‘Sustainable’ Fish Consumption: A Psychological and Socioeconomic Model
The consumption of fishes is one of the leading causes of marine ecosystem degradation. Humans have fished some species to collapse and extinction, while other fish populations have become so depleted that they are considered un-fishable without risk of species’ disappearing. At the same time, fish sentience is still debated among some scientific circles, playing into old stereotypes that fishes may not even feel pain.
In this study, researchers created a hypothetical “seafood consumption model” that outlines the various factors that impact consumer choices regarding eating fishes. Their aim was to better understand consumer habits in order to influence consumers into purchasing more “sustainable” options. To do so, they looked at eight different factors that influence fish consumption: intentions, attitudes, social norms, trust, knowledge, habits, as well as situational and socioeconomic conditions. Using these factors, they created a model that identifies how these factors influence each other. Using that model, they hoped to change consumer choices, encouraging them to purchase fishes which has been labeled “sustainable.”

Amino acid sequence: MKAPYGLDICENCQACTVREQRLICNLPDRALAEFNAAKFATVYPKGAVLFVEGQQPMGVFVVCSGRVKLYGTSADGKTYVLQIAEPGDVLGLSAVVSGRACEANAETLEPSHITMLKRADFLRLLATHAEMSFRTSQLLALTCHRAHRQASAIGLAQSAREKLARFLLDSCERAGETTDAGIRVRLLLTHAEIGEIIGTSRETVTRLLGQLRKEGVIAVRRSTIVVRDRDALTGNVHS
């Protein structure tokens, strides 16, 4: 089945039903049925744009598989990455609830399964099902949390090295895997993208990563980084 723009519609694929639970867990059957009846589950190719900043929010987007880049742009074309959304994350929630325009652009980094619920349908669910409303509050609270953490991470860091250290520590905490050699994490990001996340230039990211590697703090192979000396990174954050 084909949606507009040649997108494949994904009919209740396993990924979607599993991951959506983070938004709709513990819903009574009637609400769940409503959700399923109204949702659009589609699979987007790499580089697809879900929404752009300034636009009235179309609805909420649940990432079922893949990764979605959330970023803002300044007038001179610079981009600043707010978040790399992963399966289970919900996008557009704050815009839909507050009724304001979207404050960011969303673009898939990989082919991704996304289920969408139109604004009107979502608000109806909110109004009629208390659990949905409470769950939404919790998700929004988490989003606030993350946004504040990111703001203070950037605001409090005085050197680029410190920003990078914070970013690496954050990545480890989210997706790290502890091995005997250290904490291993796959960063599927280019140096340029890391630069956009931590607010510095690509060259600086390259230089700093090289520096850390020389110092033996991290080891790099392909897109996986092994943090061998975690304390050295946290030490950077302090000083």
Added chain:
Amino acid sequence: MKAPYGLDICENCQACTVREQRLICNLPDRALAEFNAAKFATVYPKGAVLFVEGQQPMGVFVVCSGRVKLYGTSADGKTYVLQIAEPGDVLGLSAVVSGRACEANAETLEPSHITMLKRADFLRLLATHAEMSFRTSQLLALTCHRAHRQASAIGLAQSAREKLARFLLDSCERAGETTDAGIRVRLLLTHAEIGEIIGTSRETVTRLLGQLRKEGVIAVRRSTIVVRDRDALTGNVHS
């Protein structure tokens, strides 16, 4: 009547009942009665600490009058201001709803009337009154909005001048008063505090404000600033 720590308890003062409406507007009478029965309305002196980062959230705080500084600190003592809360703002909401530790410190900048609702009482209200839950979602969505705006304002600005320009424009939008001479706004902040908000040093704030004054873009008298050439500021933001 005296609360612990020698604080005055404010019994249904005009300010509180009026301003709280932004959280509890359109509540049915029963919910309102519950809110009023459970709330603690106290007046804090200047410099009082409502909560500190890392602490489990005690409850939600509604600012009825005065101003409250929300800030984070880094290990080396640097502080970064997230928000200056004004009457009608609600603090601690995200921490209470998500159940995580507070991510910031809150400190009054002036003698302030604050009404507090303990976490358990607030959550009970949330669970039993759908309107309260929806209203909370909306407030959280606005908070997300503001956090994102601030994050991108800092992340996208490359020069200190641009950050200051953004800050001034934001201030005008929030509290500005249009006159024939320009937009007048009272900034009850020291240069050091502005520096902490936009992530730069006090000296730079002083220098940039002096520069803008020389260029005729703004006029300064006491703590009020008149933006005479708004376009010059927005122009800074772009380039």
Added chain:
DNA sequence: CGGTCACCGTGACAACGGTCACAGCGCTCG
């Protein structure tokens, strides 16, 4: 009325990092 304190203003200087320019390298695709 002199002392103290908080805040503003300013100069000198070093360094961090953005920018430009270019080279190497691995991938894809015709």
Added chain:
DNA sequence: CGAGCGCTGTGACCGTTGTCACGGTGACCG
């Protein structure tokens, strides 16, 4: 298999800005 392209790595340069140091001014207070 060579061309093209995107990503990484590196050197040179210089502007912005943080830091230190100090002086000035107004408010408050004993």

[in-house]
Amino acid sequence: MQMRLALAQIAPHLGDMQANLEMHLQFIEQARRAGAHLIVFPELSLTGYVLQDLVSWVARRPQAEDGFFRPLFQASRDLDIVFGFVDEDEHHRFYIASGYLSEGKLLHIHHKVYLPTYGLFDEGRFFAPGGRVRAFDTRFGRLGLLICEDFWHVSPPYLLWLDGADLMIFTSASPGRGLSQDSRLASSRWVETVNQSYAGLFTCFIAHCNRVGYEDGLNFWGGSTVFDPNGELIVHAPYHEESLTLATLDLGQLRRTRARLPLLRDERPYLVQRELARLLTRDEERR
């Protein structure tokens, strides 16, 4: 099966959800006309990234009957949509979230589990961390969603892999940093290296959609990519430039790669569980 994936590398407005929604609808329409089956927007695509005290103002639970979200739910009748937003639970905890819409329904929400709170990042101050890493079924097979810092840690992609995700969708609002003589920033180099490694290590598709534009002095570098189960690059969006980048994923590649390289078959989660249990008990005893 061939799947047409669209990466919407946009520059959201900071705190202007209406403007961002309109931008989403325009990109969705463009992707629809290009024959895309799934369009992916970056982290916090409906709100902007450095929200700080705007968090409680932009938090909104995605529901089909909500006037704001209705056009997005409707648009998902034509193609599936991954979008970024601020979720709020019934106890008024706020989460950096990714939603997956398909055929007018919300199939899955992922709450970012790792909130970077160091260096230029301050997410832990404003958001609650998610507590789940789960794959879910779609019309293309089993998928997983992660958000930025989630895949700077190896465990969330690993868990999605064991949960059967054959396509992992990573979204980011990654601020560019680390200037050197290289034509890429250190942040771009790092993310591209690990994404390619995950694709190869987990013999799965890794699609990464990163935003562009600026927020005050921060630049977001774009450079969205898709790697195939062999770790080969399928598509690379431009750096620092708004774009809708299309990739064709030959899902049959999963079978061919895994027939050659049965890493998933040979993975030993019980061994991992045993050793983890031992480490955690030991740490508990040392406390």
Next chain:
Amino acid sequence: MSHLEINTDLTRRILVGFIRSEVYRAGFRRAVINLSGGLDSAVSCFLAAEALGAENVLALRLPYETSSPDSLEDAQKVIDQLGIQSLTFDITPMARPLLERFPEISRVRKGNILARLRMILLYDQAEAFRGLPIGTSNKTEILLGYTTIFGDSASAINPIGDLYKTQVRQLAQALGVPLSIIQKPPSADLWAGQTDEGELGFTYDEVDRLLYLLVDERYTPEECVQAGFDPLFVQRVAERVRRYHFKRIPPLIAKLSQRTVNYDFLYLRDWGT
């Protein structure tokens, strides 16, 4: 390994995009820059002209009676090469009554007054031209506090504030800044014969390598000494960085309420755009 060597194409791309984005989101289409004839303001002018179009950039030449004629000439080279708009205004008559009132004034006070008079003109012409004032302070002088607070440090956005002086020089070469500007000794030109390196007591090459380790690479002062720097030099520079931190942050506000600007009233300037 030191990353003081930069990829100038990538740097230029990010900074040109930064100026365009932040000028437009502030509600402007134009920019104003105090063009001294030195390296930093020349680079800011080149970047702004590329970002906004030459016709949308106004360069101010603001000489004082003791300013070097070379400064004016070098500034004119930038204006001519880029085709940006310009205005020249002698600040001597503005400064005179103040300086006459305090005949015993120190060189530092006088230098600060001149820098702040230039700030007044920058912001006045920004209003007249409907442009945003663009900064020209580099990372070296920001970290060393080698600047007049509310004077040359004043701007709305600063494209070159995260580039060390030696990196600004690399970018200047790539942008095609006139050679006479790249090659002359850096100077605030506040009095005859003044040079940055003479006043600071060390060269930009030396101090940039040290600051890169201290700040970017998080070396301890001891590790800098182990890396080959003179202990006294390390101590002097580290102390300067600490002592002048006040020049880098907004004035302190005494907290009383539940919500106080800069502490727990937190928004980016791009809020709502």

Importantly, the authors noted that although reducing the overall consumption of fishes would be ideal, the various economic dependencies and current social norms regarding “seafood” make reducing consumption quite difficult. Instead, they took a simpler approach, working to switch consumers over to “sustainable” options.